Press Release
May 26, 2011


Senator Edgardo J. Angara, said that the government should fast track efforts to implement a national roadmap for renewable energy (RE) in order to take advantage of new, clean technology and not lag behind as the world is making moves to invest heavily in RE.

Angara, Chair of the Congressional Commission on Science and Technology and Engineering (COMSTE), welcomed news that the Department of Energy (DOE) has completed a national roadmap for RE, saying that the development of a strong RE foundation would ultimately secure the energy supply of the country and end fossil fuel dependency.

DOE Undersecretary Josefina Asirit said that the National Renewable Energy Plan (NREP) will outline the policy framework for RE under the Renewable Energy Act of 2008.

Angara, author of the Renewable Energy Act of 2008, which encourages local entrepreneurs to go into the development of the country's vast renewable energy resources, stated that other countries are making aggressive moves to invest in RE, and that the country might be left behind in terms of development if the government is unable to encourage the local development of RE.

Angara says that COMSTE is backing the extensive use of electric, hybrid and other alternatives for the private sector as well as public transportation, instead of relying only on gas and diesel Internal Combustion (IC) engines.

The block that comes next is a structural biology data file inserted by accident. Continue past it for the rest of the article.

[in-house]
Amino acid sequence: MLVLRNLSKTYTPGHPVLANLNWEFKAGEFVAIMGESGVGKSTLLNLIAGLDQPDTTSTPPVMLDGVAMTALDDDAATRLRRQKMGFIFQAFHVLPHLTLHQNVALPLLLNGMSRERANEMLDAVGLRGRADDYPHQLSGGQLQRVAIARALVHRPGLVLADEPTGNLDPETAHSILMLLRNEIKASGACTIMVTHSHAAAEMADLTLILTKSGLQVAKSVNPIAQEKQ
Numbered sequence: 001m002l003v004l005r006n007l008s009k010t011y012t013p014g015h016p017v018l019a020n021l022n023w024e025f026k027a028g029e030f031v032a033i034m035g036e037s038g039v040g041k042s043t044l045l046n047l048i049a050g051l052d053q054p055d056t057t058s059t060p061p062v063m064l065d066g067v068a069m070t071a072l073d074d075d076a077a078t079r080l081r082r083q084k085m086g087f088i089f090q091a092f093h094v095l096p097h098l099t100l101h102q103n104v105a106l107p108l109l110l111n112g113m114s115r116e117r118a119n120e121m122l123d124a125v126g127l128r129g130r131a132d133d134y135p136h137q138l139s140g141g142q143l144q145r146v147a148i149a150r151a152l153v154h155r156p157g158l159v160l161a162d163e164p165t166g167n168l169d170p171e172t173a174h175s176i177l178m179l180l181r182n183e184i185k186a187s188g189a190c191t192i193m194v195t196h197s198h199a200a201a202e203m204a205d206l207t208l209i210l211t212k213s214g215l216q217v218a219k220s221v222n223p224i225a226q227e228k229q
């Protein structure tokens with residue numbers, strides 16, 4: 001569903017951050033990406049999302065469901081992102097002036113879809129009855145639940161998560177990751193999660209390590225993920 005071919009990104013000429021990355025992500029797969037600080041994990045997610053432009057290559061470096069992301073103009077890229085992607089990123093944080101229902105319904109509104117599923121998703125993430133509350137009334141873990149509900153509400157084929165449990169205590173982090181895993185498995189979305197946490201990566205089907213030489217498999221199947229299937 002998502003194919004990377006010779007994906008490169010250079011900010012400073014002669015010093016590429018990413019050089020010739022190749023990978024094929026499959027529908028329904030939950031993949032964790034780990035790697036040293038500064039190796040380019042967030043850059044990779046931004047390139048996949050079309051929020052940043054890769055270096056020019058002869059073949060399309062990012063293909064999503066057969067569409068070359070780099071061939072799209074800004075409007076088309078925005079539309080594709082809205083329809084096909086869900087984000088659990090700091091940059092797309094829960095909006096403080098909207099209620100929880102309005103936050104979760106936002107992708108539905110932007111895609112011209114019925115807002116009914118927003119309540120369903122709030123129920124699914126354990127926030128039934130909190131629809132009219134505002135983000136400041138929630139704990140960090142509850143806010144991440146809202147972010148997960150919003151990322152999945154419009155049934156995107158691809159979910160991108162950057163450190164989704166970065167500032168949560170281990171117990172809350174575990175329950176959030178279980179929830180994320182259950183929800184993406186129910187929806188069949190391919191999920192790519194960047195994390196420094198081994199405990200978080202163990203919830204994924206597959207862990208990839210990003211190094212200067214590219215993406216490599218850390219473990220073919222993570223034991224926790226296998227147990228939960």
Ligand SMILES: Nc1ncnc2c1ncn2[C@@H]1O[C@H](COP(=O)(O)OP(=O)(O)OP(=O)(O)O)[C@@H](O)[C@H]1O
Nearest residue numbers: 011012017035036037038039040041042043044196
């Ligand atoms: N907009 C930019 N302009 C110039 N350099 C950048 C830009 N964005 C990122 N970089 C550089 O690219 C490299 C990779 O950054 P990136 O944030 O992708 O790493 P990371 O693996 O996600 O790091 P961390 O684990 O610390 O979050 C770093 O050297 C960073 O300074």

COMSTE, which works with local and foreign RE developers, has been promoting the development of a local industry, which would not only address energy issues but would also spur job creation.

Angara said that COMSTE formed the Renewable Energy Research and Development Institute (RERDI), which would be a clearing house for RE developers and researchers and help in fostering the growth of the industry.

Local solar producer First Philec Corporation launched the Philippines first solar testing facility, marking the beginnings of RERDI. The testing facility will provide local and foreign solar manufacturers with a venue to test their panels in real world conditions.

The facility has already drawn attention from Taiwanese and Japanese companies interested in testing their panels in tropical conditions.

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